Here it is again, the prettiest month/time of the year, possible exception of April. Beautiful as it is, there’s a bitter/sweetness about it. I mean, the reason those leaves are  so awesome is that they’re dead or dying. Al Dubin sums it up very well in his lyrics for Victor Herbert’s “Indian Summer.” “…You’re the tear that comes after June time’s laughter.” Or, “You are here to watch over a heart that was broken by a word  that somebody  left unspoken…” It’s a song to hold in your heart, to remember forever. Sammy Kaye has a version of it I’d tried to find for many years. It’s as good as I’d remembered.

Then there’s “Injun  Summer.” It’s a double cartoon. An old man and a boy are looking out over a field of shocked corn. Smoke is coming up from burning leaves. As the old man tells the boy about when Indians used to live there, in the boy’s mind, the shocks turn to tepees, and in the smoke, Indians are dancing around. Call it up on Google

It should be pointed out that, though we ordinarily use autumn, fall and Indian Summer interchangeably, there really is a  certain time for Indian Summer. The Old Farmers Almanac tells you when. It is traditionally the warm spell that comes after the first cold snap in the fall.

There are songs, oh, there are beautiful songs about this time of year: “Early Autumn, Autumn Nocturne,” “Autumn Serenade,” Falling Leaves,” “September Song,” etc. That last one, by the way, is a very good picture of the getting old process. Actually, September is much more a summer month than a fall one, just as December is much more a fall month than a summer month; we can’t wait about these things and try to hurry them up. For instance, Fall does not start on Labor Day, and winter starts just a couple of days before Christmas, in spite of all the snowy cards and decorations.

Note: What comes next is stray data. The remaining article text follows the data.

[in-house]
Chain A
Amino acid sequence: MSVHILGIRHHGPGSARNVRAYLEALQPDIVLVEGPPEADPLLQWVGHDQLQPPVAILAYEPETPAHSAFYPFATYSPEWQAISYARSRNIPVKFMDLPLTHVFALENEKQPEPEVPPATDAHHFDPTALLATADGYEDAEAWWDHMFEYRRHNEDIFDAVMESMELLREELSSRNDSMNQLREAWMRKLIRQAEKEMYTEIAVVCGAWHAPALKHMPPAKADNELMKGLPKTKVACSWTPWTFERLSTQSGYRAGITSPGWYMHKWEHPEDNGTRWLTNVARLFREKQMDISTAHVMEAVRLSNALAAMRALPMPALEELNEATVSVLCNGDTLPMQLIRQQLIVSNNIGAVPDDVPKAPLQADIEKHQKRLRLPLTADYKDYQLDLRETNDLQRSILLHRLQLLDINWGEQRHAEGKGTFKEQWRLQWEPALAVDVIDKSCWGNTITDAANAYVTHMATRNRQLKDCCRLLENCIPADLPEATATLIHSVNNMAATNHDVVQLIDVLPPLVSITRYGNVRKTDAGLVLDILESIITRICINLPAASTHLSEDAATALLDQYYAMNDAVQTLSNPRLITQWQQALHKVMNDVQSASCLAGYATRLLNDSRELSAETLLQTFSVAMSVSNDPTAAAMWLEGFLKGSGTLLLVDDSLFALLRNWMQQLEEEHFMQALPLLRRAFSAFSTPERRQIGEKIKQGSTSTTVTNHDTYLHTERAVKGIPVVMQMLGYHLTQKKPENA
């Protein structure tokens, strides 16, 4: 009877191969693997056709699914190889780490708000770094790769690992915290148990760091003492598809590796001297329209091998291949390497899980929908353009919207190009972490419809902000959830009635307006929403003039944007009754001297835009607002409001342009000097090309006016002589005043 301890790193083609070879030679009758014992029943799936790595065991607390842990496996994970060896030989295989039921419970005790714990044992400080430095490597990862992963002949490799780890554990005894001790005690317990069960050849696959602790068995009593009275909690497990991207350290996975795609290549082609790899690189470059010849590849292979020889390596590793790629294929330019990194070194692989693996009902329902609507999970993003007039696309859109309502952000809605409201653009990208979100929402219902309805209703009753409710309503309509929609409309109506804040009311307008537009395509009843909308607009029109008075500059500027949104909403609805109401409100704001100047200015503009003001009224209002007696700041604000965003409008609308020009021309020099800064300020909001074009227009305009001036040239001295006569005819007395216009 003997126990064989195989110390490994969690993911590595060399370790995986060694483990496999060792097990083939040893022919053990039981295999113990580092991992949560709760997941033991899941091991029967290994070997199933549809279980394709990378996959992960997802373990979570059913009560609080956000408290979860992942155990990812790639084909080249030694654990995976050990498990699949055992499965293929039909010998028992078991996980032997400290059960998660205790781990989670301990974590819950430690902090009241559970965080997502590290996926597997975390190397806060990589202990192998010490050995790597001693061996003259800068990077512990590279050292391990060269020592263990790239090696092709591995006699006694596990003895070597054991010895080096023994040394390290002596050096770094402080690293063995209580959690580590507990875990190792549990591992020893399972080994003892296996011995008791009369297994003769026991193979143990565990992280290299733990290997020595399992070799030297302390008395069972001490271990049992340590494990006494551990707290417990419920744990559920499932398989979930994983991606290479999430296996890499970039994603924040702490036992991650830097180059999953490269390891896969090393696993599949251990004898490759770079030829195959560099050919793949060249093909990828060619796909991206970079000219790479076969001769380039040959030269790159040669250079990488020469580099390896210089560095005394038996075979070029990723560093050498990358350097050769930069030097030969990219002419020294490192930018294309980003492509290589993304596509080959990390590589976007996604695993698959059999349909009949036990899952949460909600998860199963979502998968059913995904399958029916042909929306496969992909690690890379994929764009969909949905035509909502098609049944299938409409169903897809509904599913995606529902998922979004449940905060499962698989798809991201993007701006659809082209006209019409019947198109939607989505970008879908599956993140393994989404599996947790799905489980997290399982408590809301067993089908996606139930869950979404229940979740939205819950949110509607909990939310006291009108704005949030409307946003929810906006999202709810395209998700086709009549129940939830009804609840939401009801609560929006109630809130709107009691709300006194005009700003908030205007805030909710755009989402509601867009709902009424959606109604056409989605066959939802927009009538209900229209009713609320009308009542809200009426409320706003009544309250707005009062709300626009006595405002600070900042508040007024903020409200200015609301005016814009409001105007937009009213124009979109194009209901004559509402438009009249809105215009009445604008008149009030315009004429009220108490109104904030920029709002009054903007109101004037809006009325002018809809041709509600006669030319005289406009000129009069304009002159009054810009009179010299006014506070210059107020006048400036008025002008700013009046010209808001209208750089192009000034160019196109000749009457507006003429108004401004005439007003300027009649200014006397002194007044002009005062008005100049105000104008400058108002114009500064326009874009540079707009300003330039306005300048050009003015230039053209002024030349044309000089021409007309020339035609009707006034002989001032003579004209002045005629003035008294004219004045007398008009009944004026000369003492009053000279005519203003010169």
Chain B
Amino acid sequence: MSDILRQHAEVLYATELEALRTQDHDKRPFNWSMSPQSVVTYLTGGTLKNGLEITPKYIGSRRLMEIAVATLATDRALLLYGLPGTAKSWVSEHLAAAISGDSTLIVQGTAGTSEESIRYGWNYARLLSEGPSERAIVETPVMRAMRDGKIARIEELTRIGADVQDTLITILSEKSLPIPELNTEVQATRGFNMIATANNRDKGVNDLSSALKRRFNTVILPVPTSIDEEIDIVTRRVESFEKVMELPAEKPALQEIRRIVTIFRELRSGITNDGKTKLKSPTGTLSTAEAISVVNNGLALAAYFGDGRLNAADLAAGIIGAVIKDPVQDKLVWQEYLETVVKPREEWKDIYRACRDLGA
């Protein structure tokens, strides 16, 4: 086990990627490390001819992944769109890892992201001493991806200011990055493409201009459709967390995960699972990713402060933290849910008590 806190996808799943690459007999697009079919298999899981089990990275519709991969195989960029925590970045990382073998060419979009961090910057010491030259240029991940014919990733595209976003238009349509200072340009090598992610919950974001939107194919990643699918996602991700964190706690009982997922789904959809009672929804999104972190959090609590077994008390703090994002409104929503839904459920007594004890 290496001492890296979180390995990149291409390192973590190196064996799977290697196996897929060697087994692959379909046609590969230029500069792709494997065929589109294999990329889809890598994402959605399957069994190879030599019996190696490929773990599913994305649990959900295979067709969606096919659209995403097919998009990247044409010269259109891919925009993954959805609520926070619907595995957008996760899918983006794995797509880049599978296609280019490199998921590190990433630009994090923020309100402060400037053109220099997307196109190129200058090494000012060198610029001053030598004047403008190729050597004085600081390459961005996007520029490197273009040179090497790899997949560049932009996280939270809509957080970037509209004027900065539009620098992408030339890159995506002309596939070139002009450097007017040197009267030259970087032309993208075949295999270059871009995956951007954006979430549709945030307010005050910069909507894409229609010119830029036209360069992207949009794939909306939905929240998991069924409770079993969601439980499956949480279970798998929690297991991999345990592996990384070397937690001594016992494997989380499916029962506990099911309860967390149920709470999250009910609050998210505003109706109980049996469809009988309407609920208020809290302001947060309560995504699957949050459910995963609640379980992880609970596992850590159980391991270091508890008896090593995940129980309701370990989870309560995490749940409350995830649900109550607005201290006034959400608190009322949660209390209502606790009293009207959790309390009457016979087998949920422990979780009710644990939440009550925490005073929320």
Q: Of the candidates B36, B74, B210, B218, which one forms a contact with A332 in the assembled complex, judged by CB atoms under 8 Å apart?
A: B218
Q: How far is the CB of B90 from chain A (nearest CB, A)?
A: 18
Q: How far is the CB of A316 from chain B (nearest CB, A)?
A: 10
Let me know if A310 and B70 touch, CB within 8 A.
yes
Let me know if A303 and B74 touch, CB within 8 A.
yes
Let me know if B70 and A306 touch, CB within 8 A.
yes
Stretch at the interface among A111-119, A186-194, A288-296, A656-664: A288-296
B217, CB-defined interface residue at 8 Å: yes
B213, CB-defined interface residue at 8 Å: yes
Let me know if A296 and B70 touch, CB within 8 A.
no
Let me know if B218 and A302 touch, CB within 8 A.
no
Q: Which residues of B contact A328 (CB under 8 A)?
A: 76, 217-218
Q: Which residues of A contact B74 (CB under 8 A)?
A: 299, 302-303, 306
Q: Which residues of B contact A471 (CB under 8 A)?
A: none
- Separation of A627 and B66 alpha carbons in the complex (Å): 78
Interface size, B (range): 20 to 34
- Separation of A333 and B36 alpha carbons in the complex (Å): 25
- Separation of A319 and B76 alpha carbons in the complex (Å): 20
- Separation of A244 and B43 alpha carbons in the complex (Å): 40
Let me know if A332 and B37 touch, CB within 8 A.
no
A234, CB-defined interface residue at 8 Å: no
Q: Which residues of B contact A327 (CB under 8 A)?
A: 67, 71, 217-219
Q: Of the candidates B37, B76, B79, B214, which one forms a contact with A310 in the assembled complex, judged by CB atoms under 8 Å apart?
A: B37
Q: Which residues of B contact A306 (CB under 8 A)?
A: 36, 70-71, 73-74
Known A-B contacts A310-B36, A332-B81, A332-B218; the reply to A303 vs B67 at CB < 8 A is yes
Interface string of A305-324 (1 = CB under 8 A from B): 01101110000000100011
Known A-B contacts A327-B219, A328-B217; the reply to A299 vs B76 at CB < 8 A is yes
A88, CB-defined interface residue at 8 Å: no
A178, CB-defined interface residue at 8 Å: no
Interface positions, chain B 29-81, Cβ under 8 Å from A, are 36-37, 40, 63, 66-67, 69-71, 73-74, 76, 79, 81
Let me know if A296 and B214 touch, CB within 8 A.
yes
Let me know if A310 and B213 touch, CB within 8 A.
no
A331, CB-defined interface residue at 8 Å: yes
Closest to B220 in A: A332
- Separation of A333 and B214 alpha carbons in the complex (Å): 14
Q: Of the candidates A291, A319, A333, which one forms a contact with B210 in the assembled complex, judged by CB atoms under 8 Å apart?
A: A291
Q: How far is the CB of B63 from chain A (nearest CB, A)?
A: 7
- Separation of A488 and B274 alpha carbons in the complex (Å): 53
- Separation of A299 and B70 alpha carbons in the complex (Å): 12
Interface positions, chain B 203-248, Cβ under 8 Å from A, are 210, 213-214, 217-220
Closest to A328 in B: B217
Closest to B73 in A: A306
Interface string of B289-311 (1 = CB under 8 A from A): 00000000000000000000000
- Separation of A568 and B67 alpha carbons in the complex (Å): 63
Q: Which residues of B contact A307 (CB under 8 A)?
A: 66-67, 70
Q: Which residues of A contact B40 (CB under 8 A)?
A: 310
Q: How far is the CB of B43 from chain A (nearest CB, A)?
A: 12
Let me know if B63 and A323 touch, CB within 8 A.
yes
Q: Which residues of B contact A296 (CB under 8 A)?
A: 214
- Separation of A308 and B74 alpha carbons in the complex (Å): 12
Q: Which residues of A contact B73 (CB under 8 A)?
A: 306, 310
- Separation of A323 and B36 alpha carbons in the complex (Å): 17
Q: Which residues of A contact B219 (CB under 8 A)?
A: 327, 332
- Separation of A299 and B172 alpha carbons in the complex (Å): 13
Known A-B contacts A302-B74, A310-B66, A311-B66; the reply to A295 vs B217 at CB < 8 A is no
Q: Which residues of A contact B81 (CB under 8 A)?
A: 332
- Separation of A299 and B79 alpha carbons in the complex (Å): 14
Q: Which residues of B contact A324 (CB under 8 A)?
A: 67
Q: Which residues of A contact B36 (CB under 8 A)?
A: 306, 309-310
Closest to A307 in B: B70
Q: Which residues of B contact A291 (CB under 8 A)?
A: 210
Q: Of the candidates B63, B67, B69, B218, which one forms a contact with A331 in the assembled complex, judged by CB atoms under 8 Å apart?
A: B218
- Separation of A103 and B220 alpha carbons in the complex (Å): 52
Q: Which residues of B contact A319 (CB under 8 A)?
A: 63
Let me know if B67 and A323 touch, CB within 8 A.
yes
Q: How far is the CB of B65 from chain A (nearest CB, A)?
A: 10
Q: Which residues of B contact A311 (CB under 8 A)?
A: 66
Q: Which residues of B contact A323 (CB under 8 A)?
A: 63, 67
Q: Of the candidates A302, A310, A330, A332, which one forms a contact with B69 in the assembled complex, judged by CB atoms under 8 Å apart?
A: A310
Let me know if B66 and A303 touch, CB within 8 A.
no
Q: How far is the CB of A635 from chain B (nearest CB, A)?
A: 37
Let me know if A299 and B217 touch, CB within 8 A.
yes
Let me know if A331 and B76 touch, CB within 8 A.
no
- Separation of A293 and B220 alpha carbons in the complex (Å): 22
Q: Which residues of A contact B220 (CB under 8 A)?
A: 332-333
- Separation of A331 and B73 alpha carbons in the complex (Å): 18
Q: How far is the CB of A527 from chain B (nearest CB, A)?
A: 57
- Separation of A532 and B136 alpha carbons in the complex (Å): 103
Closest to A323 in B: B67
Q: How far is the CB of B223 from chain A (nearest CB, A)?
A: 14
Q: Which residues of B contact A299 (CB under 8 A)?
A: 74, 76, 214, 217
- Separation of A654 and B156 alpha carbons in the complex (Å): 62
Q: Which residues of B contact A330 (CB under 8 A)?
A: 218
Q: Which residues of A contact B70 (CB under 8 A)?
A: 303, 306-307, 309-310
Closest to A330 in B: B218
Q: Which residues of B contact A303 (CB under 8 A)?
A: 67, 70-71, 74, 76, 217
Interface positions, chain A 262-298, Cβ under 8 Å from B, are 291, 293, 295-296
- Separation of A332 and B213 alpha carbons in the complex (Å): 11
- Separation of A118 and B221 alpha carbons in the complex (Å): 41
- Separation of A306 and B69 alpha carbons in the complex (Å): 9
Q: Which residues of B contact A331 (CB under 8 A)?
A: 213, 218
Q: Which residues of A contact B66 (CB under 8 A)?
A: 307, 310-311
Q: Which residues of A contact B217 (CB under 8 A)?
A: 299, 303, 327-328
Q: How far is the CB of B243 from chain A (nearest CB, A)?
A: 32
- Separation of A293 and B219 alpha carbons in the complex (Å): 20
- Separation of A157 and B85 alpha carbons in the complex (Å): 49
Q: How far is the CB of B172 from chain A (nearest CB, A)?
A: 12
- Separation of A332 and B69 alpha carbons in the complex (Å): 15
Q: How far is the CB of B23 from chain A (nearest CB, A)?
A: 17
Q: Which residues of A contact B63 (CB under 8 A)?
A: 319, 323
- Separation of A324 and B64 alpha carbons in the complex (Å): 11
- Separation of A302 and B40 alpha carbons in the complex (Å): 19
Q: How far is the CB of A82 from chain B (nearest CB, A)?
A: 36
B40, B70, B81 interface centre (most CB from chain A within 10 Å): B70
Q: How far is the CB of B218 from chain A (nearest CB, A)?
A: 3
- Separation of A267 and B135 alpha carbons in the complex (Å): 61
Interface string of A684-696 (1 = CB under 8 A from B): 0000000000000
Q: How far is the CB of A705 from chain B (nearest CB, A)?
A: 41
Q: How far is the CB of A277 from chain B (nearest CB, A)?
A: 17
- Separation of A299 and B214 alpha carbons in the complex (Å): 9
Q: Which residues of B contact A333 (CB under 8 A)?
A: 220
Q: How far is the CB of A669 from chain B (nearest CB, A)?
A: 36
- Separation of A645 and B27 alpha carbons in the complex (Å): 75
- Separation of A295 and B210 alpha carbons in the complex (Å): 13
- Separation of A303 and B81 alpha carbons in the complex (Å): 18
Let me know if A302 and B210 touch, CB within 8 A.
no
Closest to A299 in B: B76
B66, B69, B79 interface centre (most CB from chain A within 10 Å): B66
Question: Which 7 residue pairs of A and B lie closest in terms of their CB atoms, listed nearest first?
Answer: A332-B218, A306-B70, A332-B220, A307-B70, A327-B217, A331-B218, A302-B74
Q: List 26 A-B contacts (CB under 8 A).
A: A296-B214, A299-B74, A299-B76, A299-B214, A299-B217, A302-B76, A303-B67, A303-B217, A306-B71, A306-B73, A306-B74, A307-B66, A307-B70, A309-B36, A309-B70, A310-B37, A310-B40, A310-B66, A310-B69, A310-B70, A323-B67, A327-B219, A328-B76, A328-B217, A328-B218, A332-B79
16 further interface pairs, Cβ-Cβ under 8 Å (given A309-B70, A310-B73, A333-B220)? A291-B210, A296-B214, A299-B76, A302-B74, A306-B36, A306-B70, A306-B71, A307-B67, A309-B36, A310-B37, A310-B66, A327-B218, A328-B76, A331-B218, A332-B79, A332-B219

November keeps trying to steal some of October’s beauty. It has become just about as pretty.

Do you know Corey Ford? Get to know him. I met him years ago in the pages of Field & Stream. He wrote a regular column called “The Lower 40,” which was about some geezers  sitting around the stove in  stingy old Mr. McNab’s hardware store, telling lies and fishing and hinting stories, and figuring out how to get on somebody’s property where there was a wonderful trout stream. But there’s much more to him than that. He wrote one of my favorite short stories of all time, ever, called “The Road to Tinkhamtown.” An old man is dying, and remembering the gorgeous autumn days when he and his faithful dog would go grouse hunting. You can call it up on Google, to, along with the perfect illustration that went with it when it first appeared in a special anniversary issue of F & S. You’ll never forget it. I think it should be in high school Literature books

I don’t know if you can get this on Google or not. Worth a try. I’m talking about the eighth chapter of Bambi. I don’t mean the little Walt Disney versions, but the real Bambi. Read it all, if you like, but for dadblamed certain, read the eighth chapter. It’s  part of a charming book, but it also stands alone well. It’s another one you’ll never forget.

Happy fall, y’all. Or, if you prefer, Happy autumn or Happy Indian Summer.


Bob Sanders is a veteran local radio personality, columnist, author and raconteur of note.